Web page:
The writer is always told to write about something he or she actually knows. There are obvious reasons for this maxim—perhaps the most important is to maintain the “authenticity” of the work.
And so in Black Lotus it is natural to wonder how a woman from an upper-class home in Brookline, Massachusetts and educated at Vassar College, could possibly be familiar with the seedy aspects of any city, never mind the crocked characters, the gangs, and, last but not least, the African American woman that comprise Black Lotus’s rough and tumble New Parise.
These are undoubtedly legitimate questions, to which I will proffer legitimate answers.
In my youth, homosexual bars were almost always located in the dismal, most dangerous parts of the city. We (most specifically lesbians) were persecuted; and, to avoid having to deal with the brilliant young men who enjoyed crashing our quiet scene and harassing us, we essentially hid from the rest of the world.
This had nothing to do with how we viewed ourselves. It was the reality of our lives at the time. And all of these sought out locations were in obscure areas of the city—often, peopled with individuals we referred to as “Rough Trade.” These lesbians carried knives, and weren’t afraid to use them.
Many of the bars were mainly frequented by ethnic groups, people of “color” – African, Americans, Spanish, Italian, etc.. As a white woman, no less, I was warned by my gorgeous girlfriend (who, for all intents and purposes, was of mixed race), to always give way to any and all ethnic person(s) or group. And if someone dancing should bump into me, I was to take the lead and apologize.
But the music was great, the bar generous, the girls…well, the girls were who they were, and I loved them for that. They provided an atmosphere of grittiness and danger, which we somehow found addictively appealing.
It was here I learned what it meant to face a knife in the bathroom, and the street lingo that goes along with it.
Yet we couldn’t get enough of these clubs, and the best part was we fit in and were accepted. Finally.
I have also spent time in jail. I won’t go into the reasons why. It’s not germane. There, I was one of two white women in a crowded cell full of drug addicts, hookers, and people who resembled anything other than me.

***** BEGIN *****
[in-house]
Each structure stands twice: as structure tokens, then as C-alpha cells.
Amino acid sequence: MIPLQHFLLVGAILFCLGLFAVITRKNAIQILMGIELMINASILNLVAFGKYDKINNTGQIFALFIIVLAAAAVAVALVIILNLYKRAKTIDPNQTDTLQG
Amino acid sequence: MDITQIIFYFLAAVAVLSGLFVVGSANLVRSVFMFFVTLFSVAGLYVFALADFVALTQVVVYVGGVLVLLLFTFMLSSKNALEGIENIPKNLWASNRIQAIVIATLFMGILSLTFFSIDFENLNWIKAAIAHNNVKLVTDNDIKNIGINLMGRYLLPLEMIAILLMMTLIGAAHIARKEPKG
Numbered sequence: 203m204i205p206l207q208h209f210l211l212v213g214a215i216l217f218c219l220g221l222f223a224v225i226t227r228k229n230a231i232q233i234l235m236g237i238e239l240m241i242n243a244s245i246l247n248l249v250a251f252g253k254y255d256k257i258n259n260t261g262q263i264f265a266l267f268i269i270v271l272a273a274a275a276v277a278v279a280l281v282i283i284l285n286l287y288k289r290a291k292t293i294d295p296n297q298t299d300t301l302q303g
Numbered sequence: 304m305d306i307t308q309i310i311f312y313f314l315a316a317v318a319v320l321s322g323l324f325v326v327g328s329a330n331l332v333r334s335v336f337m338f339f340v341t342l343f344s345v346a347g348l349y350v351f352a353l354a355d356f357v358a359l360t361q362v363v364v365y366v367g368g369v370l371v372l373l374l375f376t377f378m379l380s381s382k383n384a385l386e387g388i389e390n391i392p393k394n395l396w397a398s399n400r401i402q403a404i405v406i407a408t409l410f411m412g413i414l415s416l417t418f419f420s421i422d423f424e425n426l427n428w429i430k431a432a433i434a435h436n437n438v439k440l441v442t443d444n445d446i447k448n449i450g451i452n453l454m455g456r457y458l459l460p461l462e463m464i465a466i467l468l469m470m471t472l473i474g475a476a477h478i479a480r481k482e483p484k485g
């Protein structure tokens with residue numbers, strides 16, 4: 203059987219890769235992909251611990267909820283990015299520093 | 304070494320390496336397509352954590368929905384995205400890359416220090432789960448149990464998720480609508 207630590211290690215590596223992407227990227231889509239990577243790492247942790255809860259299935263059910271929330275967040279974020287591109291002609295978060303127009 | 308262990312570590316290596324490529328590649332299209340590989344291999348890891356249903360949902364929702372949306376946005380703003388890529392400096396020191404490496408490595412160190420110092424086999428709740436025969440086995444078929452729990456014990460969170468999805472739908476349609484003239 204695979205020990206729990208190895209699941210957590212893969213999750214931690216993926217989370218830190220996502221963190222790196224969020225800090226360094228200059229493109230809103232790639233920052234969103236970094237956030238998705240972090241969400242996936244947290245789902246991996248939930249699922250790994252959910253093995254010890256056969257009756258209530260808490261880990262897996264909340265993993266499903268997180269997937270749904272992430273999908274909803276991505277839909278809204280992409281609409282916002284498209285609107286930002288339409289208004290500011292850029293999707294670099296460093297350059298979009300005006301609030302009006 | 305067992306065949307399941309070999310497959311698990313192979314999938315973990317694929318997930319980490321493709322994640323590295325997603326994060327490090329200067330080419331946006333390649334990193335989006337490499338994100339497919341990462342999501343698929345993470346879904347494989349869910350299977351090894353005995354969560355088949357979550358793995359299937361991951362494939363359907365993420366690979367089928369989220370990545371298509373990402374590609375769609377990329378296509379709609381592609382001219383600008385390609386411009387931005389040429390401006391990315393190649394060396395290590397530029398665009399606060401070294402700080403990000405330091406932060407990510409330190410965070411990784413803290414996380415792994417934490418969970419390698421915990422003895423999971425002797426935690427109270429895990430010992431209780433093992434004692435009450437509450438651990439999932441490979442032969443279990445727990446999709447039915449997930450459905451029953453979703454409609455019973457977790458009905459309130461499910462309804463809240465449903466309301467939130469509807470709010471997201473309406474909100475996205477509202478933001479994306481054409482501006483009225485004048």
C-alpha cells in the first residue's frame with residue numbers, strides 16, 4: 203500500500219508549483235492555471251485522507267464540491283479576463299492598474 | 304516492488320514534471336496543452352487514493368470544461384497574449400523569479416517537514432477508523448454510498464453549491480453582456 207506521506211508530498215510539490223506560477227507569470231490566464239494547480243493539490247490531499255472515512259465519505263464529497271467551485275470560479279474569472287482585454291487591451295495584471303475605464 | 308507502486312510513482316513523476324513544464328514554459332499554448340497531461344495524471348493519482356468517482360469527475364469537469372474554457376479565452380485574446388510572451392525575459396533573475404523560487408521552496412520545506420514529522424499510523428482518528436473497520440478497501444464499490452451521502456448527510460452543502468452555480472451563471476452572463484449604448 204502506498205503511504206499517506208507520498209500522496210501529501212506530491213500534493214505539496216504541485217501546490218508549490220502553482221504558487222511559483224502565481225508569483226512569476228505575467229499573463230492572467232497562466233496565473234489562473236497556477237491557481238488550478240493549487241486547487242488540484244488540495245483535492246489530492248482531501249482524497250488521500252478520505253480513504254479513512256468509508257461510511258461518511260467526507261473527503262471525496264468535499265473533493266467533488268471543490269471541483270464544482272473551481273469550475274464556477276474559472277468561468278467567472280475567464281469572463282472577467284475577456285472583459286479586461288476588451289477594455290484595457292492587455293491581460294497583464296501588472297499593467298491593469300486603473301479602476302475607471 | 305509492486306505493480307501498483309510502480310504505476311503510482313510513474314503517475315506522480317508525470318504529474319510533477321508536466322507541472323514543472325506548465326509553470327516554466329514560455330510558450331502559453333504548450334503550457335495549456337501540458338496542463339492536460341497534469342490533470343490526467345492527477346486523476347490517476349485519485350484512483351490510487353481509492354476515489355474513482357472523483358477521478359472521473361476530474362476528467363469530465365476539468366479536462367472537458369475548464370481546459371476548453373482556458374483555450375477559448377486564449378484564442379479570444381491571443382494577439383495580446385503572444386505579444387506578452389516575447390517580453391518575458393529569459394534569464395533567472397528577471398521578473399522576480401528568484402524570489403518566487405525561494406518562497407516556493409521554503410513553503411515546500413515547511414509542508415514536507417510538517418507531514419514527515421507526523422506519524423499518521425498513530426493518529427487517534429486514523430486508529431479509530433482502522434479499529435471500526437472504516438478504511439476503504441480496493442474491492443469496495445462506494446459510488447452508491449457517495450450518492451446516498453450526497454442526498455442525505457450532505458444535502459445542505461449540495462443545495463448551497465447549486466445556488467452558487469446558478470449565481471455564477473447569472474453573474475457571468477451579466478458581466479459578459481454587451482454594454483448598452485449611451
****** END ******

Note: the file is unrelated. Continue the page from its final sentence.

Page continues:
I picked up more lingo. The horrors of their lives. The dead-ends that come along with the ever narrowing telescope of ever diminishing opportunities.
I have also dated many African American men—obviously before I “knew” I was a lesbian. And I always found them far more caring, well-mannered, and fun that the boring high school crowd, or your typical MIT student.
My staunchly conservative parents once espied me out the window with a lovely African American Harvard student who loved to write poetry while escorting me home. I was vilified, told I would never go to college, and subsequently both tongue lashed and beaten.
I learned from all of this—most of which is relevant for atmosphere of Black Lotus, and thus, I feel, its legitimacy.
Which, for me, is more than important. Because the novel creates a world for the reader to inhabit—and the very least I can do as a writer is try to make it a legitimate world.
However, perhaps the greatest lesson I learned as a writer was how to determine the qualities of an individual. I learned that the color of one’s skin, one’s physical appearance, everything externally specific to a person meant (as crazy as it may sound) essentially NOTHING—in much the same way that a person’s professional and social standing can mean very little at all when we’re talking about their actual personality.
I learned that what really shows character is situation: who, for example, would rush into a burning building to save another human being; who would, without thinking, come to the aid of a vulnerable person in need or trouble. Action within a situation is how writers really know their characters.
There are other points that need to be made, though I will not include them in this column. What I will say is I lived a good part of this life on the fringes of society, and all too often along its tattered (but beautifully so) edges.
I never felt I fit in anywhere at all.
Except with people of color. And it wasn’t just the guys. I had close friends who were African American. A best friend.
With Black Lotus, I knew what I was writing about. It is not necessarily the culmination of my life’s experience—as I hope you will see in my future work—but there was more than enough there to throw my self so completely into this project, and care with all my heart about creating a world peopled by the entire spectrum of the humanity with which we share this planet.
Gender, race, and sexuality:
The beautifully Tattered Fringe
Black Lotus by Lita Lepie
"Possibly one of the most artful colloquial narratives of the past decade."
- E. Cohen
"My only criticism is that it wasn’t long enough..."
"...film noir in a book..."
"Awareness of race, gender and sexual orientation shades [Black Lotus] with great depth..."